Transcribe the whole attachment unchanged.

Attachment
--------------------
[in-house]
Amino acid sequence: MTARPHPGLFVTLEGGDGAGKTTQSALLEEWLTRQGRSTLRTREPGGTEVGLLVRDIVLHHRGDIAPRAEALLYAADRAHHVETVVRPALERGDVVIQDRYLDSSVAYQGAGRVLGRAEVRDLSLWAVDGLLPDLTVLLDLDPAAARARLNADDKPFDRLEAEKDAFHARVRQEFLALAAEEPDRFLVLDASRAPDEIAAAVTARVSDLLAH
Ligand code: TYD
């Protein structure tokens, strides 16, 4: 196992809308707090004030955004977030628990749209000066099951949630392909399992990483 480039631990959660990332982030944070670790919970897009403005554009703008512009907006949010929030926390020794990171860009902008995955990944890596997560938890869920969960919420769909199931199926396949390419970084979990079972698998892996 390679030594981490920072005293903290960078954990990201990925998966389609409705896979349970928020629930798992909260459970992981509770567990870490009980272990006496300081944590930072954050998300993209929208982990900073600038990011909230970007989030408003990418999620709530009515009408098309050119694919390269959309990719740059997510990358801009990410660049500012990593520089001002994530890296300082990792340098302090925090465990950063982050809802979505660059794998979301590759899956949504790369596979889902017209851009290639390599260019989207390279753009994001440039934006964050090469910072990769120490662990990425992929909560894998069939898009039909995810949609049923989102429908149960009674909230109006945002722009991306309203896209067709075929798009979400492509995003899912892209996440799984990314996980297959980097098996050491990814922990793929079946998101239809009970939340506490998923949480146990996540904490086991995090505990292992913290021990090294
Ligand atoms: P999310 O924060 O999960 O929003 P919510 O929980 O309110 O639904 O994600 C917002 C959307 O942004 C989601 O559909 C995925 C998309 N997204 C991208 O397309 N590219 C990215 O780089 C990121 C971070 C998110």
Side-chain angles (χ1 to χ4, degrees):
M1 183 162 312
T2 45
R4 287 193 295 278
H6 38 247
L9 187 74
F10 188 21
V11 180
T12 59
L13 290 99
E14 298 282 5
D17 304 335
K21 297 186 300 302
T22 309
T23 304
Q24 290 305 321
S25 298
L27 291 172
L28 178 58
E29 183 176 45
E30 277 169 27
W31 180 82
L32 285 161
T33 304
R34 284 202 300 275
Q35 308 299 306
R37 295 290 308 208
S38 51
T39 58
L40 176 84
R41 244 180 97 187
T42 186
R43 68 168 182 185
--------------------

[in-house]
Amino acid sequence: MTARPHPGLFVTLEGGDGAGKTTQSALLEEWLTRQGRSTLRTREPGGTEVGLLVRDIVLHHRGDIAPRAEALLYAADRAHHVETVVRPALERGDVVIQDRYLDSSVAYQGAGRVLGRAEVRDLSLWAVDGLLPDLTVLLDLDPAAARARLNADDKPFDRLEAEKDAFHARVRQEFLALAAEEPDRFLVLDASRAPDEIAAAVTARVSDLLAH
Ligand code: TYD
């Protein structure tokens, strides 16, 4: 196992809308707090004030955004977030628990749209000066099951949630392909399992990483 480039631990959660990332982030944070670790919970897009403005554009703008512009907006949010929030926390020794990171860009902008995955990944890596997560938890869920969960919420769909199931199926396949390419970084979990079972698998892996 390679030594981490920072005293903290960078954990990201990925998966389609409705896979349970928020629930798992909260459970992981509770567990870490009980272990006496300081944590930072954050998300993209929208982990900073600038990011909230970007989030408003990418999620709530009515009408098309050119694919390269959309990719740059997510990358801009990410660049500012990593520089001002994530890296300082990792340098302090925090465990950063982050809802979505660059794998979301590759899956949504790369596979889902017209851009290639390599260019989207390279753009994001440039934006964050090469910072990769120490662990990425992929909560894998069939898009039909995810949609049923989102429908149960009674909230109006945002722009991306309203896209067709075929798009979400492509995003899912892209996440799984990314996980297959980097098996050491990814922990793929079946998101239809009970939340506490998923949480146990996540904490086991995090505990292992913290021990090294
Ligand atoms: P999310 O924060 O999960 O929003 P919510 O929980 O309110 O639904 O994600 C917002 C959307 O942004 C989601 O559909 C995925 C998309 N997204 C991208 O397309 N590219 C990215 O780089 C990121 C971070 C998110």
Side-chain angles (χ1 to χ4, degrees):
M1 183 162 312
T2 45
R4 287 193 295 278
H6 38 247
L9 187 74
F10 188 21
V11 180
T12 59
L13 290 99
E14 298 282 5
D17 304 335
K21 297 186 300 302
T22 309
T23 304
Q24 290 305 321
S25 298
L27 291 172
L28 178 58
E29 183 176 45
E30 277 169 27
W31 180 82
L32 285 161
T33 304
R34 284 202 300 275
Q35 308 299 306
R37 295 290 308 208
S38 51
T39 58
L40 176 84
R41 244 180 97 187
T42 186
R43 68 168 182 185